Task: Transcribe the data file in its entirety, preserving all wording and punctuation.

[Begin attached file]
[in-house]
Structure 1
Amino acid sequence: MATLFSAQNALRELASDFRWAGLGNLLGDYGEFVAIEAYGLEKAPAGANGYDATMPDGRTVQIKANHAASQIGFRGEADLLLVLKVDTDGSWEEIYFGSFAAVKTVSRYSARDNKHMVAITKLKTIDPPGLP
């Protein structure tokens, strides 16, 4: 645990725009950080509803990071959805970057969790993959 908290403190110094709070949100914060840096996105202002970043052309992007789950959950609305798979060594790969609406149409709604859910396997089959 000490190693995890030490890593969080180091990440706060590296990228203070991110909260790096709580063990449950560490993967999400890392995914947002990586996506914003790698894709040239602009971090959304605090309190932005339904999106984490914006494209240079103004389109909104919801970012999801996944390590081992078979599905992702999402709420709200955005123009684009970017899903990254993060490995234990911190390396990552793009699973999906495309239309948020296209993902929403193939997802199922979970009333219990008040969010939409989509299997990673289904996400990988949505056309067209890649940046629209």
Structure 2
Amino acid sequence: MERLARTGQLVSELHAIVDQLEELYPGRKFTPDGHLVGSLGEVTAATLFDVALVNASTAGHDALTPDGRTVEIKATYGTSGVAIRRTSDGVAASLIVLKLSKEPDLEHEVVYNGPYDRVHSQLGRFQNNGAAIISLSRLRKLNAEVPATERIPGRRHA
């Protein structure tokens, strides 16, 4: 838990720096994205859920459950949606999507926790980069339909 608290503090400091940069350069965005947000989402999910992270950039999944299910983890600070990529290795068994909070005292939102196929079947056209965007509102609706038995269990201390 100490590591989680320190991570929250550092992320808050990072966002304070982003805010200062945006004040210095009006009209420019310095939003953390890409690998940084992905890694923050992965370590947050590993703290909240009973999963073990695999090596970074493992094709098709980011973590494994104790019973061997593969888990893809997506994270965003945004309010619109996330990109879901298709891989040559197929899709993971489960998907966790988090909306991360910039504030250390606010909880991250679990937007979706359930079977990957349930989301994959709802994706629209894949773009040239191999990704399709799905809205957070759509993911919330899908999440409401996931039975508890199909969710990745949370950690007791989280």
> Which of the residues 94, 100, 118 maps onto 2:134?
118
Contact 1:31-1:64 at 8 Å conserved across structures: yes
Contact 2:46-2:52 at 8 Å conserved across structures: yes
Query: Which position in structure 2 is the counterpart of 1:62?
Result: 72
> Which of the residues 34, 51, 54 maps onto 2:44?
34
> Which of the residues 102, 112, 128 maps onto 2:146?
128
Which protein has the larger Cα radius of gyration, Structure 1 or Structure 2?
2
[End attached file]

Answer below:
[in-house]
Structure 1
Amino acid sequence: MATLFSAQNALRELASDFRWAGLGNLLGDYGEFVAIEAYGLEKAPAGANGYDATMPDGRTVQIKANHAASQIGFRGEADLLLVLKVDTDGSWEEIYFGSFAAVKTVSRYSARDNKHMVAITKLKTIDPPGLP
């Protein structure tokens, strides 16, 4: 645990725009950080509803990071959805970057969790993959 908290403190110094709070949100914060840096996105202002970043052309992007789950959950609305798979060594790969609406149409709604859910396997089959 000490190693995890030490890593969080180091990440706060590296990228203070991110909260790096709580063990449950560490993967999400890392995914947002990586996506914003790698894709040239602009971090959304605090309190932005339904999106984490914006494209240079103004389109909104919801970012999801996944390590081992078979599905992702999402709420709200955005123009684009970017899903990254993060490995234990911190390396990552793009699973999906495309239309948020296209993902929403193939997802199922979970009333219990008040969010939409989509299997990673289904996400990988949505056309067209890649940046629209």
Structure 2
Amino acid sequence: MERLARTGQLVSELHAIVDQLEELYPGRKFTPDGHLVGSLGEVTAATLFDVALVNASTAGHDALTPDGRTVEIKATYGTSGVAIRRTSDGVAASLIVLKLSKEPDLEHEVVYNGPYDRVHSQLGRFQNNGAAIISLSRLRKLNAEVPATERIPGRRHA
């Protein structure tokens, strides 16, 4: 838990720096994205859920459950949606999507926790980069339909 608290503090400091940069350069965005947000989402999910992270950039999944299910983890600070990529290795068994909070005292939102196929079947056209965007509102609706038995269990201390 100490590591989680320190991570929250550092992320808050990072966002304070982003805010200062945006004040210095009006009209420019310095939003953390890409690998940084992905890694923050992965370590947050590993703290909240009973999963073990695999090596970074493992094709098709980011973590494994104790019973061997593969888990893809997506994270965003945004309010619109996330990109879901298709891989040559197929899709993971489960998907966790988090909306991360910039504030250390606010909880991250679990937007979706359930079977990957349930989301994959709802994706629209894949773009040239191999990704399709799905809205957070759509993911919330899908999440409401996931039975508890199909969710990745949370950690007791989280």
> Which of the residues 94, 100, 118 maps onto 2:134?
118
Contact 1:31-1:64 at 8 Å conserved across structures: yes
Contact 2:46-2:52 at 8 Å conserved across structures: yes
Query: Which position in structure 2 is the counterpart of 1:62?
Result: 72
> Which of the residues 34, 51, 54 maps onto 2:44?
34
> Which of the residues 102, 112, 128 maps onto 2:146?
128
Which protein has the larger Cα radius of gyration, Structure 1 or Structure 2?
2